During the week, you can find Joy Rich doing some of her favorite things — hanging out at home with her cat, cooking dinner with friends and watching films at the cinema. On Saturdays, going to volunteer at a local nursing home is at the top of her list. And she does it with music in one hand and a coloring book in the other.
Joy founded a volunteer service with nursing home residents featuring just sitting, coloring and singing along to favorite tracks. Not only is this something Joy wholeheartedly enjoys, it’s something the residents enjoy as well.
“They are giving me just as much as I am giving them,” Joy said, “only actually they’re giving me more. It’s an incredible avenue of love back and forth.”
Joy attributes her love of the elderly to her great-grandmother, who she had the fondest of memories with. She is also following in the footsteps of her mother, who volunteered in nursing homes as well.
Joy’s volunteerism stemmed from her spare time at home. She wanted to find a better way to spend all of her free time and after a friend suggested working in a nursing home, she sprung at the opportunity.
“[Because I work] for the Department of Psychiatry at Creighton University, I knew that depression is a problem in nursing home residents, and that some [people] in nursing homes never receive a visit from someone from the outside,” Joy explained
Through Community 360, an organization that ensures nursing homes have equipped volunteers, Joy was trained and paired with Maple Crest Care Center in Omaha.
Joy knew she wanted to bring some sort of art therapy to the elderly people she would be helping. The idea of coloring books came from a childhood memory of coloring with her siblings at her grandparents’ house.
“I googled adult coloring and found that there were studies that suggested it could help with depression,” said Joy.
Color it with Joy, as the activity is known, lasts about a couple of hours on Saturdays. Joy is usually joined by seven or so residents and volunteers, as they color and listen to music. The karaoke part came in when residents began requesting their favorite songs to be played as they color. At first, it was just that, a time of relaxation and an opportunity to have a good time, but it quickly grew to something much more so.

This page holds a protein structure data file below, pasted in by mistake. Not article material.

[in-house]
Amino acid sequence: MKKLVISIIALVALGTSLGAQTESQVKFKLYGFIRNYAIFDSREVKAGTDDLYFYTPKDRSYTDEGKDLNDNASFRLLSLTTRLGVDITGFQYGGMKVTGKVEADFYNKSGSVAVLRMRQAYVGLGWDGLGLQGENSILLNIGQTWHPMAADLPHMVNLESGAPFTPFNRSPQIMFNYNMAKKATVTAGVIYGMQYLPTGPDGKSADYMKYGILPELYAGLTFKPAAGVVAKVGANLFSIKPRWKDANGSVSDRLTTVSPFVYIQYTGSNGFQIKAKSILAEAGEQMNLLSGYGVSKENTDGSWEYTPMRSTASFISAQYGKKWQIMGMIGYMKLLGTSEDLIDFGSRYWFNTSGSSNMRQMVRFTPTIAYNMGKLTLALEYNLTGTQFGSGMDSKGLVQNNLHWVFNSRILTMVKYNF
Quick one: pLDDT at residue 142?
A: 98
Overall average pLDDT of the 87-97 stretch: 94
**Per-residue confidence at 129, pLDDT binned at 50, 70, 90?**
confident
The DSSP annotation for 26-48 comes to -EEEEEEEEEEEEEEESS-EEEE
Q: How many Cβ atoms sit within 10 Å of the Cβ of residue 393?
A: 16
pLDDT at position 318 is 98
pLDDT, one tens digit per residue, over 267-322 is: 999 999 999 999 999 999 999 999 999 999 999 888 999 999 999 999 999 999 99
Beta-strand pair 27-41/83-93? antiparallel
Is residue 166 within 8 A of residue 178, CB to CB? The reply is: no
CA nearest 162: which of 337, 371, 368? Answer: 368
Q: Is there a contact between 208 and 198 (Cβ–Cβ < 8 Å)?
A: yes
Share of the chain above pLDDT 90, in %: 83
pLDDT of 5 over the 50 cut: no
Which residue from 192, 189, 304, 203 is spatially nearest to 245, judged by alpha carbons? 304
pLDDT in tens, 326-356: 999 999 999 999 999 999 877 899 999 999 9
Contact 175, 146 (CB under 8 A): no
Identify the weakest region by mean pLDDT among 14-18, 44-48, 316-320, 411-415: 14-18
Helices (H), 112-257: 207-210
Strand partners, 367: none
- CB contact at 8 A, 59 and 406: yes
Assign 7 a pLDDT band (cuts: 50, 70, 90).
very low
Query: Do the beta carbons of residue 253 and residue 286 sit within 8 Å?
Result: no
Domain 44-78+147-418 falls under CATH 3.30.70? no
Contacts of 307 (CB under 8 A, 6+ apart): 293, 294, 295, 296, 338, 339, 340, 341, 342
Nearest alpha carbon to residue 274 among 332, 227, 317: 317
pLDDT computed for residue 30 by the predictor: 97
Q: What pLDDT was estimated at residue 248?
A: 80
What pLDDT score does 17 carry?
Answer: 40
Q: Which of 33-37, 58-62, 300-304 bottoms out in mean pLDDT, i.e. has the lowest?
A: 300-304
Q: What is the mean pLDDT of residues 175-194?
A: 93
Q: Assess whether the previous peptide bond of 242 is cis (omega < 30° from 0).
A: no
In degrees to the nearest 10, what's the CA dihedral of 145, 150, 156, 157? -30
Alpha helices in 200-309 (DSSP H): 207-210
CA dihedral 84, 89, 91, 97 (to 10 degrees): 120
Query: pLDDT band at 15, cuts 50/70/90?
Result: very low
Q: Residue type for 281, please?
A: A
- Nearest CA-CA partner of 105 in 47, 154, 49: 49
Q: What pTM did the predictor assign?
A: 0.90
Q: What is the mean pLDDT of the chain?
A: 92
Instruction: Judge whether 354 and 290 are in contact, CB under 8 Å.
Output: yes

“[It gave] me a chance to hear people’s life stories that are so different than mine,” she said.
Sarah* an elderly woman who attends Joy’s sessions, has severe arthritis as well as brain injuries limiting her speech and ability to recall. But Joy learned that by her being able to sing the songs, it was strengthening her ability to remember.
There is also a resident named Jack* who is there because of a brain injury, causing his thoughts to be looped. But Joy found his thoughts and words became linear and more focused when he sang.
In volunteering with Maple Crest, above all things, Joy has found the most important thing: her family.
“[This has] provided me with a ‘third family’,” she said. “I love them, look forward to seeing them and worry about them when they are struggling – just like a family. The word volunteer…It’s an association of the human experience and the heart.”
Joy walked in a volunteer; spending time giving to those who needed it the most, but she walked out with an appreciation and a love.
“It has brought so much joy to my life,” Joy said. “Volunteering will bring you surprises that you won’t even imagine. You learn a lot about yourself and it helps you develop compassion and empathy and will bring you love.”
For those looking to volunteer but are unsure about where and how to donate your time, Joy has some advice for you:
“Think about what you like to do in life- who you like to spend time with. Working with an organization brings you opportunities that one would not get by volunteering on their own – support, camaraderie, opportunities to bounce ideas off each other, and being part of a team working toward the greater good. Yes, you may feel hesitation before you start, but trust me, the rewards are huge!”
For volunteer opportunities in your area, check out All for Good.
(*Names have been changed to protect the residents’ privacy.)